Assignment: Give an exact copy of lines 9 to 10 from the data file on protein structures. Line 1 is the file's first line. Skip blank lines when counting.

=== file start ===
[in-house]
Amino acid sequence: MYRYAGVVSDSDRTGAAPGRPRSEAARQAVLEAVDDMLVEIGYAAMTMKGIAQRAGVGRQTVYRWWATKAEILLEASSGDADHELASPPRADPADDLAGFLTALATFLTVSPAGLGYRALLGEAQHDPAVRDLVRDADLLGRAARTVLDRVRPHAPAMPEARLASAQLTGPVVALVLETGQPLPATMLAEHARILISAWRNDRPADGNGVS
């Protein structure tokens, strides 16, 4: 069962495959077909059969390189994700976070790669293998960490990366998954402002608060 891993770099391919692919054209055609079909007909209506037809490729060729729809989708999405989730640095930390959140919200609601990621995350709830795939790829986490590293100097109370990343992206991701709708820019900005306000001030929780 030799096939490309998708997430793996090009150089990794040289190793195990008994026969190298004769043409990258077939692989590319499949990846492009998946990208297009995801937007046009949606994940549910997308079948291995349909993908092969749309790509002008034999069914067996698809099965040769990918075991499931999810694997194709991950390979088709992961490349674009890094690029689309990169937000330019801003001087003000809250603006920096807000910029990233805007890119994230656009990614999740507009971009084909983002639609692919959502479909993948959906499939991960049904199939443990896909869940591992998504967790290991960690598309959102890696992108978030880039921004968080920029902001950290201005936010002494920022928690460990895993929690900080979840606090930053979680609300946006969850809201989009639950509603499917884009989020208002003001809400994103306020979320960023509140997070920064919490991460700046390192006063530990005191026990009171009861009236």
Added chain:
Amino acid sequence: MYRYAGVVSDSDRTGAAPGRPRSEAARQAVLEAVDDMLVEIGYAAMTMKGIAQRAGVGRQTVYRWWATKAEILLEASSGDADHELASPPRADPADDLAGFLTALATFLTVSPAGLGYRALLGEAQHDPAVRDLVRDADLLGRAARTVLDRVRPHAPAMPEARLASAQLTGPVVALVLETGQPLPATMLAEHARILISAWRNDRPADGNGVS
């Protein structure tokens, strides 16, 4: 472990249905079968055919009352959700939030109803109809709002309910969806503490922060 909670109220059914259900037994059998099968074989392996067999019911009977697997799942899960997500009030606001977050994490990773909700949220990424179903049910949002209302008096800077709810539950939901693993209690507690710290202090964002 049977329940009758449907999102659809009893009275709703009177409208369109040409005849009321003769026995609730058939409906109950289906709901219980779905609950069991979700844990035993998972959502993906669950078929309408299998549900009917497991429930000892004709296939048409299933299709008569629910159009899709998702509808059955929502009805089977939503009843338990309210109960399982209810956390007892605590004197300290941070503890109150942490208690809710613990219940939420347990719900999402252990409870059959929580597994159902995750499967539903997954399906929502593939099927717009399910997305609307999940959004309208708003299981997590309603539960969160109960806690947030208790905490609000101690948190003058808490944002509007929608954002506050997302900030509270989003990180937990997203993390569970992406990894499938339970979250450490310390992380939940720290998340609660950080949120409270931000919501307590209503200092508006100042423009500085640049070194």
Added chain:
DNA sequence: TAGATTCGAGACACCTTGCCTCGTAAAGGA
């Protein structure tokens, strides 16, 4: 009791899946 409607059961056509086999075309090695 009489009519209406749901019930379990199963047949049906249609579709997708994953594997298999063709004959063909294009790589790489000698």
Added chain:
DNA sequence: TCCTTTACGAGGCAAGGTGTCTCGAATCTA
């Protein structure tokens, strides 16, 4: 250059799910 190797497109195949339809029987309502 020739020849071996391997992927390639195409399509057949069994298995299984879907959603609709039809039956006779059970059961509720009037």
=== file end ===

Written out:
């Protein structure tokens, strides 16, 4: 009791899946 409607059961056509086999075309090695 009489009519209406749901019930379990199963047949049906249609579709997708994953594997298999063709004959063909294009790589790489000698």
Added chain: